Two characters represent the possibility for a more effective resistance, Jill and Tuttle. Jill sees through the machinations of the state bureaucracy and the myriad ideological systems it utilizes because she cares—without becoming maudlin—about human beings. This puts her into direct conflict with the worldview and practices of nearly everyone around her. Her query to Sam, “How many terrorists have you ever actually seen?” stops him in his tracks, because he has never questioned the incessant propaganda from the media about terrorism, nor, for that matter, about anything else. His individual resistance is so privatized that no relationship has evolved in his mind between his personal frustrations and the real world. Jill’s conscious distance from the ‘common sense’ of their society leads her to try to comfort Mrs. Buttle when her husband is mistakenly carried off by the police, and to attempt redress with the bureaucracy. Her efforts earn her a large file in Jack’s office and official suspicion of terrorism.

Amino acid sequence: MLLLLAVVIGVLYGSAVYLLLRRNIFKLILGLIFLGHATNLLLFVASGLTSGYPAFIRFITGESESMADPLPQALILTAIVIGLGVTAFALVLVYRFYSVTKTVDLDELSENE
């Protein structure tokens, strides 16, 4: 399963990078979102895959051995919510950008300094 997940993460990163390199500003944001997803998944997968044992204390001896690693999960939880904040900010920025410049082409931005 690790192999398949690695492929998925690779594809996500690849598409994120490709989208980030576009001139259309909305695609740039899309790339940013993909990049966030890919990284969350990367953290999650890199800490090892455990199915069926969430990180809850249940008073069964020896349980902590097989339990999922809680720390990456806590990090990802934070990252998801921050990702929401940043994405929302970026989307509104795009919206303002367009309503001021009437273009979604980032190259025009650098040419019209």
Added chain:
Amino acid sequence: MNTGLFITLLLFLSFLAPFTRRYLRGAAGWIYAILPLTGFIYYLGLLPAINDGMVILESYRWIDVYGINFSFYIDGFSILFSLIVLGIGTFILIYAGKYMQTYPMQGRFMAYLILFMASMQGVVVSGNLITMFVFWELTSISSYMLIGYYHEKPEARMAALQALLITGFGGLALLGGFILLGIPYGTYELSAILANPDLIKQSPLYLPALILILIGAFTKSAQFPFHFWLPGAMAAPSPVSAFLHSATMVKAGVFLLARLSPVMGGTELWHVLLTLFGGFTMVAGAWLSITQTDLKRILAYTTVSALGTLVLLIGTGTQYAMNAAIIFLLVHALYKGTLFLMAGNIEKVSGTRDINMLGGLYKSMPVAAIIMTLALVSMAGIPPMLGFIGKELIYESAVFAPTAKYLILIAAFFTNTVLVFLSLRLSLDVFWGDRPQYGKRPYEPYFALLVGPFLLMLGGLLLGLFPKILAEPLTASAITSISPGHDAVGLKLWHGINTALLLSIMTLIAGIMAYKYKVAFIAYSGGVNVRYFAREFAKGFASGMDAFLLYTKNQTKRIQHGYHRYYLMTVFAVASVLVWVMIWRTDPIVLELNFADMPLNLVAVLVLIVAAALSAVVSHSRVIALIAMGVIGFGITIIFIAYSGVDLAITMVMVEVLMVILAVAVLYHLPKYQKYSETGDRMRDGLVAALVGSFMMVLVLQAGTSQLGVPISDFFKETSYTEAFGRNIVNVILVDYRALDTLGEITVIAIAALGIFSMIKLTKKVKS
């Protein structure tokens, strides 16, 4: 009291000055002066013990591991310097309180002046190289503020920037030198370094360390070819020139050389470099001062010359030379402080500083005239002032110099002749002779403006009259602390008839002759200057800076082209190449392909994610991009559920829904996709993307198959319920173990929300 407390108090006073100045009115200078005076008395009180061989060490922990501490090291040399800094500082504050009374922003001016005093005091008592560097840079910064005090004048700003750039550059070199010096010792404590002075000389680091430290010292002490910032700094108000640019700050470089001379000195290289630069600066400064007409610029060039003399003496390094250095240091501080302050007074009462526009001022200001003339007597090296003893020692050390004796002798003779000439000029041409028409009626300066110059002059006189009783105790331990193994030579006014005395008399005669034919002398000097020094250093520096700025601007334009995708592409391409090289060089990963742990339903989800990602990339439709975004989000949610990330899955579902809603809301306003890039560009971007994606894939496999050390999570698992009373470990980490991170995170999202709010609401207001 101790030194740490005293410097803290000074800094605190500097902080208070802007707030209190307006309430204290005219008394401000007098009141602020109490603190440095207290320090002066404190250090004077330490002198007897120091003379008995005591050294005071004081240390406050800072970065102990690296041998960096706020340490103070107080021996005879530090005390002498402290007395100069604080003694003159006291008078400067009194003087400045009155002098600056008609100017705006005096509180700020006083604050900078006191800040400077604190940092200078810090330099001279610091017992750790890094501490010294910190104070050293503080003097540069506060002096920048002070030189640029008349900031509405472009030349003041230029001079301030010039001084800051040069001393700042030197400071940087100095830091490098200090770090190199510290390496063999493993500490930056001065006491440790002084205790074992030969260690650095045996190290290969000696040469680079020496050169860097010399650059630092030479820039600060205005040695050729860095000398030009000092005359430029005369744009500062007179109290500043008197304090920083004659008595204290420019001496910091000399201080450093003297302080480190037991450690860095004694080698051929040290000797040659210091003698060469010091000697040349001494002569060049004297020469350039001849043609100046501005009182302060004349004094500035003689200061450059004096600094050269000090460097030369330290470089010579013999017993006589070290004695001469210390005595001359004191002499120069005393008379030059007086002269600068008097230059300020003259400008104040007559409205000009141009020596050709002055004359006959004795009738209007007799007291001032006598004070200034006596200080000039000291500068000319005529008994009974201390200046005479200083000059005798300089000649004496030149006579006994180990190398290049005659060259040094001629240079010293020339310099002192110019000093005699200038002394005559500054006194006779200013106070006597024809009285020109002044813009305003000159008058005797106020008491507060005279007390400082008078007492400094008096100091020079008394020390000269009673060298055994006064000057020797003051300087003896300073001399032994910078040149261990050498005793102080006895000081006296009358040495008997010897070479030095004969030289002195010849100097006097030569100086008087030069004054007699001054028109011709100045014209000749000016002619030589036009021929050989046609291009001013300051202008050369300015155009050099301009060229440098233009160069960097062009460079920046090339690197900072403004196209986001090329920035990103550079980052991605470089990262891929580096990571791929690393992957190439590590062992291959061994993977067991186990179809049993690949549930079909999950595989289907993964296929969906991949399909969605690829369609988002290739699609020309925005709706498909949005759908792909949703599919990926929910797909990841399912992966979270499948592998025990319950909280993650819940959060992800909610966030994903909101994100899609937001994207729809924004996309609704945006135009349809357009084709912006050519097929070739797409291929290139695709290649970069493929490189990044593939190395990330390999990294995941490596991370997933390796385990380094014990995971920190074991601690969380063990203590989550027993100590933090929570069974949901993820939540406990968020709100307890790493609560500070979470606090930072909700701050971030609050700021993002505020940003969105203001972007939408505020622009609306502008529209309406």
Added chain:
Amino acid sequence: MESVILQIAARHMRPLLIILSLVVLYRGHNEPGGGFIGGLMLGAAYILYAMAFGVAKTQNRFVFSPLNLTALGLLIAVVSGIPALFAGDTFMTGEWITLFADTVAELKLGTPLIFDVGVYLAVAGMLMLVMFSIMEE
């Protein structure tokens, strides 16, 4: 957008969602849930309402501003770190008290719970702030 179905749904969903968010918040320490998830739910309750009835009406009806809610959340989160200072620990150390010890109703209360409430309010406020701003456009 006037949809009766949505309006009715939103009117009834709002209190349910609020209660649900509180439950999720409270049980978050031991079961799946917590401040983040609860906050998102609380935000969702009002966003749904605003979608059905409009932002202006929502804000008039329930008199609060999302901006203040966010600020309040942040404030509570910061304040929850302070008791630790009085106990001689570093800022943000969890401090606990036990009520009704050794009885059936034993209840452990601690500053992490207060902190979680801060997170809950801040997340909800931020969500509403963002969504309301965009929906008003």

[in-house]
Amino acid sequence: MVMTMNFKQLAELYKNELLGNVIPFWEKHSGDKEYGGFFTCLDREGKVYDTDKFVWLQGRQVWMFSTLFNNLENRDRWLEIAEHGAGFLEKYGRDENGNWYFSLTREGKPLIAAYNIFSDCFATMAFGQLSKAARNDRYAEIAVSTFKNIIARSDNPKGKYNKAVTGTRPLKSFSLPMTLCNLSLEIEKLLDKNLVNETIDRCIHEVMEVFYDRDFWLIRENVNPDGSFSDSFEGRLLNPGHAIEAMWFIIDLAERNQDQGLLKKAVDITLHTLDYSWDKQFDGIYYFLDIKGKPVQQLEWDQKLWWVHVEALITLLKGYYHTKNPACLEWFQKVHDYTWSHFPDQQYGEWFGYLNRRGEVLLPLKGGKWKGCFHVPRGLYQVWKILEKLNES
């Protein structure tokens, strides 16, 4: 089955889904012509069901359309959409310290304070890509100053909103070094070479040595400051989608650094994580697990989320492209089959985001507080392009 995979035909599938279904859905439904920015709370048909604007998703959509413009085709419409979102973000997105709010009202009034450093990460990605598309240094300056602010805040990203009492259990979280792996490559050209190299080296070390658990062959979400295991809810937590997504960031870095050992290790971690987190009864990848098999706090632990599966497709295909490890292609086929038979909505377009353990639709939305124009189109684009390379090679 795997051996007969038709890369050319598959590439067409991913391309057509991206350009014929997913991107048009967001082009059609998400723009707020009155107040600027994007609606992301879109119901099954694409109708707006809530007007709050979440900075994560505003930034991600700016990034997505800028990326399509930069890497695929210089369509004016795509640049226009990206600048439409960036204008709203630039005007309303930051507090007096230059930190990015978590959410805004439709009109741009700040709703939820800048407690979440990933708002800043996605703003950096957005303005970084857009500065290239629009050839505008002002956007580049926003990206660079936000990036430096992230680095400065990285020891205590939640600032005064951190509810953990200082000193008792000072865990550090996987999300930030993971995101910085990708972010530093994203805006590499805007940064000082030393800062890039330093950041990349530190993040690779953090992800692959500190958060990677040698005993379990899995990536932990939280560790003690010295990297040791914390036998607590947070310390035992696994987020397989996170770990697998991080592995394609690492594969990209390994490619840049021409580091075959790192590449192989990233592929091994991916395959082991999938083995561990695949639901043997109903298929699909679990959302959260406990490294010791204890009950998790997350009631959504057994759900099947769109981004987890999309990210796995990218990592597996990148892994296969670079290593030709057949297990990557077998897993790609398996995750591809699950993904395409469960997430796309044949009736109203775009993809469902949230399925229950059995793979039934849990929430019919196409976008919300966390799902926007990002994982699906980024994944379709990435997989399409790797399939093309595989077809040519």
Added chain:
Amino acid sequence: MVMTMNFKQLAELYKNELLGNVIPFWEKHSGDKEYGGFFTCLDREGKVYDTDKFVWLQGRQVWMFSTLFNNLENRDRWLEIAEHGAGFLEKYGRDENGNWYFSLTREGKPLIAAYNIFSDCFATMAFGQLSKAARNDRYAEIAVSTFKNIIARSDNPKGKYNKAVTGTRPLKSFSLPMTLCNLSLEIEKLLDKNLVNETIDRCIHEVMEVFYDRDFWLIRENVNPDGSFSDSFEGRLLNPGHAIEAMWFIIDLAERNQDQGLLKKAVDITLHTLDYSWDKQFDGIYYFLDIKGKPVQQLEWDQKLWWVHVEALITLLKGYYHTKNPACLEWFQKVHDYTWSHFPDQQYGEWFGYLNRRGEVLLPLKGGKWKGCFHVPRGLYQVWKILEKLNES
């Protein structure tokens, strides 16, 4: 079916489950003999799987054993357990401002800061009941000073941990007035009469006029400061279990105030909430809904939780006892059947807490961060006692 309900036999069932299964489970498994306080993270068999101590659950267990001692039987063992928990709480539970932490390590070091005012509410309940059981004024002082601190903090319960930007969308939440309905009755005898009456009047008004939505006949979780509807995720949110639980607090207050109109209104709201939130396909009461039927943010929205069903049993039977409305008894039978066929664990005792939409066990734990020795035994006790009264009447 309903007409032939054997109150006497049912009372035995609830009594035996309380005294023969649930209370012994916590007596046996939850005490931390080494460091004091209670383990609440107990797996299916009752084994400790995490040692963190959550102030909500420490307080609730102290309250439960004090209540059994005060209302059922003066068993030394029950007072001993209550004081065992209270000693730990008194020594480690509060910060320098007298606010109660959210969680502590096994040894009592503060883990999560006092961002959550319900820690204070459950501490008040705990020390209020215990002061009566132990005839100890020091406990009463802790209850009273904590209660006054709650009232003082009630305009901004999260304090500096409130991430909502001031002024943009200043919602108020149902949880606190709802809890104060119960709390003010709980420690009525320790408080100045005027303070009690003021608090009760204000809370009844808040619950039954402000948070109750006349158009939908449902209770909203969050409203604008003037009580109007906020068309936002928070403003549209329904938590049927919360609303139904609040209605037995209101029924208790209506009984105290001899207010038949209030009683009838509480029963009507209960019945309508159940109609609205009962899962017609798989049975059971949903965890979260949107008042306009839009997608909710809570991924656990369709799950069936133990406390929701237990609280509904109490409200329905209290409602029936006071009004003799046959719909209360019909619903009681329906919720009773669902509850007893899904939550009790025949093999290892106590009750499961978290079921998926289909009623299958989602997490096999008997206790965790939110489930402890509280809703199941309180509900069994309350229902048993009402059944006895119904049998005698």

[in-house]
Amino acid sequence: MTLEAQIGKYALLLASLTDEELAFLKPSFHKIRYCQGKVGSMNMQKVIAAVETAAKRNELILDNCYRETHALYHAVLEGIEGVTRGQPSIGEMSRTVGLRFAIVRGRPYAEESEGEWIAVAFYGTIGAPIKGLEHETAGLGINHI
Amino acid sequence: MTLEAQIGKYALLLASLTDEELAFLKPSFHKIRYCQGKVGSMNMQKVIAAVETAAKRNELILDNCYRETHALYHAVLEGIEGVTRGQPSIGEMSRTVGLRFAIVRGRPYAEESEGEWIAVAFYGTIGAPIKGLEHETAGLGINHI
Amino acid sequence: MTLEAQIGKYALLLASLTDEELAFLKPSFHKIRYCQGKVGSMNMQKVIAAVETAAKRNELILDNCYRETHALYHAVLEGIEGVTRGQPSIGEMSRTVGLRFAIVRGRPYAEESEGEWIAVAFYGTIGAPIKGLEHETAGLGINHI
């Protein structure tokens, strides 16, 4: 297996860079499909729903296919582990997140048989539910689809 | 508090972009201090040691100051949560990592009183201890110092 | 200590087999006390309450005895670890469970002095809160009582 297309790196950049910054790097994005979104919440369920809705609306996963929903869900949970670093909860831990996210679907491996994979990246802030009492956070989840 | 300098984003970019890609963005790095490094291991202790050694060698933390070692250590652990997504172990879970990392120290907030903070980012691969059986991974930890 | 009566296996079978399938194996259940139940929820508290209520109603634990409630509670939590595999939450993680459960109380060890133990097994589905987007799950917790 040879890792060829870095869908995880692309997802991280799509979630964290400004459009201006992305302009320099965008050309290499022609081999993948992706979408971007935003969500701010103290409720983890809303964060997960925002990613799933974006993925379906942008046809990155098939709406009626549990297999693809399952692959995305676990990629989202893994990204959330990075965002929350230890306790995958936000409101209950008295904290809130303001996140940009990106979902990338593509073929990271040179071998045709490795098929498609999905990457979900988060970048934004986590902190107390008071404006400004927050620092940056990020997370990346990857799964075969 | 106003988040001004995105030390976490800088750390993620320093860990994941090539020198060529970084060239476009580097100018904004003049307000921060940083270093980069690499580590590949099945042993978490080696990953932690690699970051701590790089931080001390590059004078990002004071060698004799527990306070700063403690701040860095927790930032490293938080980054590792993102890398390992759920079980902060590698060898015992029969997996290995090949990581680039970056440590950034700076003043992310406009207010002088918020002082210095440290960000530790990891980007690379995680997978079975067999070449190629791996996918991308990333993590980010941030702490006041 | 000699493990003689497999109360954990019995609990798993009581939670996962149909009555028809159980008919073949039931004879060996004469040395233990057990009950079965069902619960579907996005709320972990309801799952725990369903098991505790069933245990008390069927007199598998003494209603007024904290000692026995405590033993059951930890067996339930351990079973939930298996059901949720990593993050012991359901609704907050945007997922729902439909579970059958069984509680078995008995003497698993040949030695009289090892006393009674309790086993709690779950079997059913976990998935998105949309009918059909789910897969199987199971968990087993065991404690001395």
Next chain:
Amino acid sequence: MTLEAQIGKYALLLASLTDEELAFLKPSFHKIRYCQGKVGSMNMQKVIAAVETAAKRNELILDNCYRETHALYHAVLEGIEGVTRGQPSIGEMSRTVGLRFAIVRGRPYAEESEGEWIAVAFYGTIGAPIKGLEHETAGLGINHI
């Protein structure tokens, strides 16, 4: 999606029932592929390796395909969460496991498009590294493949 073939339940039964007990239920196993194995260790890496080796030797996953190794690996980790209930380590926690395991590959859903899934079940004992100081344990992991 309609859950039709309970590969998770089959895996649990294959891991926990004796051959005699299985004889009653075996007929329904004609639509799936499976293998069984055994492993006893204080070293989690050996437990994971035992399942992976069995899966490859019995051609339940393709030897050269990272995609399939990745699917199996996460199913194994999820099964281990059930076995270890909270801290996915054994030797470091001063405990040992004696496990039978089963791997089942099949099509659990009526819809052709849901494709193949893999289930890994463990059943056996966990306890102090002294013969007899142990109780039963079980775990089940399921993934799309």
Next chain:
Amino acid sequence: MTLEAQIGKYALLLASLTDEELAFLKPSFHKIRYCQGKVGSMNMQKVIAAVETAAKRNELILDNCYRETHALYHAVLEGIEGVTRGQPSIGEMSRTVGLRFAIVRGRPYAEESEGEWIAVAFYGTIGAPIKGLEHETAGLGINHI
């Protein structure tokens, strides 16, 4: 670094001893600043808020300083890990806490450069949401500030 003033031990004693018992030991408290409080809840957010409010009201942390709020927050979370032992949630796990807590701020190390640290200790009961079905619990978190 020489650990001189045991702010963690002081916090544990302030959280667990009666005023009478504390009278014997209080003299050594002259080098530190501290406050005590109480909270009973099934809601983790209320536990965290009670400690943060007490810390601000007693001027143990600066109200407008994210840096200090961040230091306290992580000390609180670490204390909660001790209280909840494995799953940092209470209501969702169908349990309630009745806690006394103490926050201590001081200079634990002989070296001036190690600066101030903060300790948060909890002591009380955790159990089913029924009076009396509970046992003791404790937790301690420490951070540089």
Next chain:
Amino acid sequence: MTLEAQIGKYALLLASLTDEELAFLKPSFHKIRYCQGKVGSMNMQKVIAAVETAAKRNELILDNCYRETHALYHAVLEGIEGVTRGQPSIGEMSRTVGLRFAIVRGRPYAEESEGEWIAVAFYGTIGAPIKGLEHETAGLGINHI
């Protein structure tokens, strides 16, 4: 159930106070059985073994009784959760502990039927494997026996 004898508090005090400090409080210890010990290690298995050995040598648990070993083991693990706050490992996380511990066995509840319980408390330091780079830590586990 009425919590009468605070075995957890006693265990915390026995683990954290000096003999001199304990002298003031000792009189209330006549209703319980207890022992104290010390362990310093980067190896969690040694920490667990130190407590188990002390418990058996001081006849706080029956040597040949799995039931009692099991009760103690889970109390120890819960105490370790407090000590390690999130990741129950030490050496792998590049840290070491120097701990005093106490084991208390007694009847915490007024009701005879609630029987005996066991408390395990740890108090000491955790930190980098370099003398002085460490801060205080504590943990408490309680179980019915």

Tuttle (Robert de Niro), a former Central Services worker, now has a file himself as a “freelance subversive.” His hostility to paperwork led him to operate on his own, tapping people’s phonecalls and discovering when they needed help with their omnipresent ducts (“Why a duck?”). Unfortunately his well-intentioned assistance in unofficially repairing Sam’s ducts—based on the slogan he repeats to Sam a couple of times “We’re all in this together”—brings down on Sam the vicious enmity of the sadistic Central Services workers, who savage his apartment, running ducts out of the walls and through all his rooms, lowering the temperature to freezing and finally forcing him out of his home. Sam’s revenge against them, effected by Tuttle, notably does not bring him back his apartment, and is of a piece with the ineffectiveness of Tuttle’s flashy, swashbuckling adventures (played with madcap abandon by de Niro).